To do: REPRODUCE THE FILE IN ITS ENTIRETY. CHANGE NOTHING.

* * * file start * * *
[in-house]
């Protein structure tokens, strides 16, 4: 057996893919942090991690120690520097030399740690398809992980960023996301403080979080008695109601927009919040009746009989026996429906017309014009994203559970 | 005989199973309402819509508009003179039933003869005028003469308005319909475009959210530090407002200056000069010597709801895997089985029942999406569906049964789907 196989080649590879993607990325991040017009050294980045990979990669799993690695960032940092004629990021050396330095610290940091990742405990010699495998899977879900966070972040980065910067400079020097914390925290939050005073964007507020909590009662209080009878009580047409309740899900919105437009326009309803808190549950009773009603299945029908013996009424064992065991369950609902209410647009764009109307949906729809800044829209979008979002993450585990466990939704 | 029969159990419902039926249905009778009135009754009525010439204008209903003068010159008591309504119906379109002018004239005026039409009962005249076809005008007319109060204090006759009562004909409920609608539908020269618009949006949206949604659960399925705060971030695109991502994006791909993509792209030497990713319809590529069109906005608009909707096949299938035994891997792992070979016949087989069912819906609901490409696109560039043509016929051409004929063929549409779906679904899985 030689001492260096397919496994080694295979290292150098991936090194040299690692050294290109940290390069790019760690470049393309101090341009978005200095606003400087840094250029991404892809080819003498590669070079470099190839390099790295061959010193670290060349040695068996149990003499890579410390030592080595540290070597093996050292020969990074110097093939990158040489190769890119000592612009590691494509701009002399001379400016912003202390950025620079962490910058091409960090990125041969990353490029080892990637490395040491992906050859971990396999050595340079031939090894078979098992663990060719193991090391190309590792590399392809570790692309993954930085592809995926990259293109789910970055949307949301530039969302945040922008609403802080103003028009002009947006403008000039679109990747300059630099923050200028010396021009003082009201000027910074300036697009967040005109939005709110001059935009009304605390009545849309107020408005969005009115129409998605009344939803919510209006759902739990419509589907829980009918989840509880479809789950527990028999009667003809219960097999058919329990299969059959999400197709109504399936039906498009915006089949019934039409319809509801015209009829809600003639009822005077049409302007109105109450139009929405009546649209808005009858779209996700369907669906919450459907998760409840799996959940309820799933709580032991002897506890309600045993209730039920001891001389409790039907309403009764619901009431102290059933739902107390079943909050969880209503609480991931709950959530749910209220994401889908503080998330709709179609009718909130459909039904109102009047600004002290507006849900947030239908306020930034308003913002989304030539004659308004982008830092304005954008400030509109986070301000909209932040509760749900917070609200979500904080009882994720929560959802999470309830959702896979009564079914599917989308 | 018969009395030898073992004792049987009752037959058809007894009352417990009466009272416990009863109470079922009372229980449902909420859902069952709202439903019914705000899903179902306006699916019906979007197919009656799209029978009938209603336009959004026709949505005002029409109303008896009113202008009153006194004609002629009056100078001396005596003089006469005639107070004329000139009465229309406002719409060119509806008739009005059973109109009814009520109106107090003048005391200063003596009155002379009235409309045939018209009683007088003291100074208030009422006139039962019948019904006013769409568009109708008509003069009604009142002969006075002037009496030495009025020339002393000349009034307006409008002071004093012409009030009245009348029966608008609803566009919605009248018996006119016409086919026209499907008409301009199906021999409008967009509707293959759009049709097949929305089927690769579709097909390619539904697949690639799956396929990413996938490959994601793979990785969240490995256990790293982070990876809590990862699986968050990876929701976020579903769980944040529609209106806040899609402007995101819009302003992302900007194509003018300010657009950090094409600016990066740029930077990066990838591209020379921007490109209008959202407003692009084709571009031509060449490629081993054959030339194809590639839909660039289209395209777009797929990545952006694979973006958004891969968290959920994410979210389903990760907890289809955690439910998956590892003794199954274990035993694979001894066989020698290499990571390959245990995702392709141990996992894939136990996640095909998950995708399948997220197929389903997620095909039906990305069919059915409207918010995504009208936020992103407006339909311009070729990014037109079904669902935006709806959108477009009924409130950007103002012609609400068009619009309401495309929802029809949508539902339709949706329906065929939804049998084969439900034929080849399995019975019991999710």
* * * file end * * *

[in-house]
């Protein structure tokens, strides 16, 4: 057996893919942090991690120690520097030399740690398809992980960023996301403080979080008695109601927009919040009746009989026996429906017309014009994203559970 | 005989199973309402819509508009003179039933003869005028003469308005319909475009959210530090407002200056000069010597709801895997089985029942999406569906049964789907 196989080649590879993607990325991040017009050294980045990979990669799993690695960032940092004629990021050396330095610290940091990742405990010699495998899977879900966070972040980065910067400079020097914390925290939050005073964007507020909590009662209080009878009580047409309740899900919105437009326009309803808190549950009773009603299945029908013996009424064992065991369950609902209410647009764009109307949906729809800044829209979008979002993450585990466990939704 | 029969159990419902039926249905009778009135009754009525010439204008209903003068010159008591309504119906379109002018004239005026039409009962005249076809005008007319109060204090006759009562004909409920609608539908020269618009949006949206949604659960399925705060971030695109991502994006791909993509792209030497990713319809590529069109906005608009909707096949299938035994891997792992070979016949087989069912819906609901490409696109560039043509016929051409004929063929549409779906679904899985 030689001492260096397919496994080694295979290292150098991936090194040299690692050294290109940290390069790019760690470049393309101090341009978005200095606003400087840094250029991404892809080819003498590669070079470099190839390099790295061959010193670290060349040695068996149990003499890579410390030592080595540290070597093996050292020969990074110097093939990158040489190769890119000592612009590691494509701009002399001379400016912003202390950025620079962490910058091409960090990125041969990353490029080892990637490395040491992906050859971990396999050595340079031939090894078979098992663990060719193991090391190309590792590399392809570790692309993954930085592809995926990259293109789910970055949307949301530039969302945040922008609403802080103003028009002009947006403008000039679109990747300059630099923050200028010396021009003082009201000027910074300036697009967040005109939005709110001059935009009304605390009545849309107020408005969005009115129409998605009344939803919510209006759902739990419509589907829980009918989840509880479809789950527990028999009667003809219960097999058919329990299969059959999400197709109504399936039906498009915006089949019934039409319809509801015209009829809600003639009822005077049409302007109105109450139009929405009546649209808005009858779209996700369907669906919450459907998760409840799996959940309820799933709580032991002897506890309600045993209730039920001891001389409790039907309403009764619901009431102290059933739902107390079943909050969880209503609480991931709950959530749910209220994401889908503080998330709709179609009718909130459909039904109102009047600004002290507006849900947030239908306020930034308003913002989304030539004659308004982008830092304005954008400030509109986070301000909209932040509760749900917070609200979500904080009882994720929560959802999470309830959702896979009564079914599917989308 | 018969009395030898073992004792049987009752037959058809007894009352417990009466009272416990009863109470079922009372229980449902909420859902069952709202439903019914705000899903179902306006699916019906979007197919009656799209029978009938209603336009959004026709949505005002029409109303008896009113202008009153006194004609002629009056100078001396005596003089006469005639107070004329000139009465229309406002719409060119509806008739009005059973109109009814009520109106107090003048005391200063003596009155002379009235409309045939018209009683007088003291100074208030009422006139039962019948019904006013769409568009109708008509003069009604009142002969006075002037009496030495009025020339002393000349009034307006409008002071004093012409009030009245009348029966608008609803566009919605009248018996006119016409086919026209499907008409301009199906021999409008967009509707293959759009049709097949929305089927690769579709097909390619539904697949690639799956396929990413996938490959994601793979990785969240490995256990790293982070990876809590990862699986968050990876929701976020579903769980944040529609209106806040899609402007995101819009302003992302900007194509003018300010657009950090094409600016990066740029930077990066990838591209020379921007490109209008959202407003692009084709571009031509060449490629081993054959030339194809590639839909660039289209395209777009797929990545952006694979973006958004891969968290959920994410979210389903990760907890289809955690439910998956590892003794199954274990035993694979001894066989020698290499990571390959245990995702392709141990996992894939136990996640095909998950995708399948997220197929389903997620095909039906990305069919059915409207918010995504009208936020992103407006339909311009070729990014037109079904669902935006709806959108477009009924409130950007103002012609609400068009619009309401495309929802029809949508539902339709949706329906065929939804049998084969439900034929080849399995019975019991999710």